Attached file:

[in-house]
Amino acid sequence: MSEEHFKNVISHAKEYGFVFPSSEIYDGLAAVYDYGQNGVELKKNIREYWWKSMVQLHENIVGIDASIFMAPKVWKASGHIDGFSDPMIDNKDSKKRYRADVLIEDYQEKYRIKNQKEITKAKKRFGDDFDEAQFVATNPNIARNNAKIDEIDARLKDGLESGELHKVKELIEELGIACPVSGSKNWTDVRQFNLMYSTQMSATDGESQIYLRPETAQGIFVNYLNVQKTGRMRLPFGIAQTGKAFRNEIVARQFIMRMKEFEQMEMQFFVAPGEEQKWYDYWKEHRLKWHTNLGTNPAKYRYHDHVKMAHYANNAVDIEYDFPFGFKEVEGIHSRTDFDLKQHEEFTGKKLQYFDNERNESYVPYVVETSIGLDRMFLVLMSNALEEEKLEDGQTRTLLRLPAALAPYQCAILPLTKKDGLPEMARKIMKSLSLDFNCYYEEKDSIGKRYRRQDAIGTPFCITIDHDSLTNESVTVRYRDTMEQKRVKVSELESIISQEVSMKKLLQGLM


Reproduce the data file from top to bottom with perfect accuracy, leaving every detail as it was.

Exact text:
[in-house]
Amino acid sequence: MSEEHFKNVISHAKEYGFVFPSSEIYDGLAAVYDYGQNGVELKKNIREYWWKSMVQLHENIVGIDASIFMAPKVWKASGHIDGFSDPMIDNKDSKKRYRADVLIEDYQEKYRIKNQKEITKAKKRFGDDFDEAQFVATNPNIARNNAKIDEIDARLKDGLESGELHKVKELIEELGIACPVSGSKNWTDVRQFNLMYSTQMSATDGESQIYLRPETAQGIFVNYLNVQKTGRMRLPFGIAQTGKAFRNEIVARQFIMRMKEFEQMEMQFFVAPGEEQKWYDYWKEHRLKWHTNLGTNPAKYRYHDHVKMAHYANNAVDIEYDFPFGFKEVEGIHSRTDFDLKQHEEFTGKKLQYFDNERNESYVPYVVETSIGLDRMFLVLMSNALEEEKLEDGQTRTLLRLPAALAPYQCAILPLTKKDGLPEMARKIMKSLSLDFNCYYEEKDSIGKRYRRQDAIGTPFCITIDHDSLTNESVTVRYRDTMEQKRVKVSELESIISQEVSMKKLLQGLM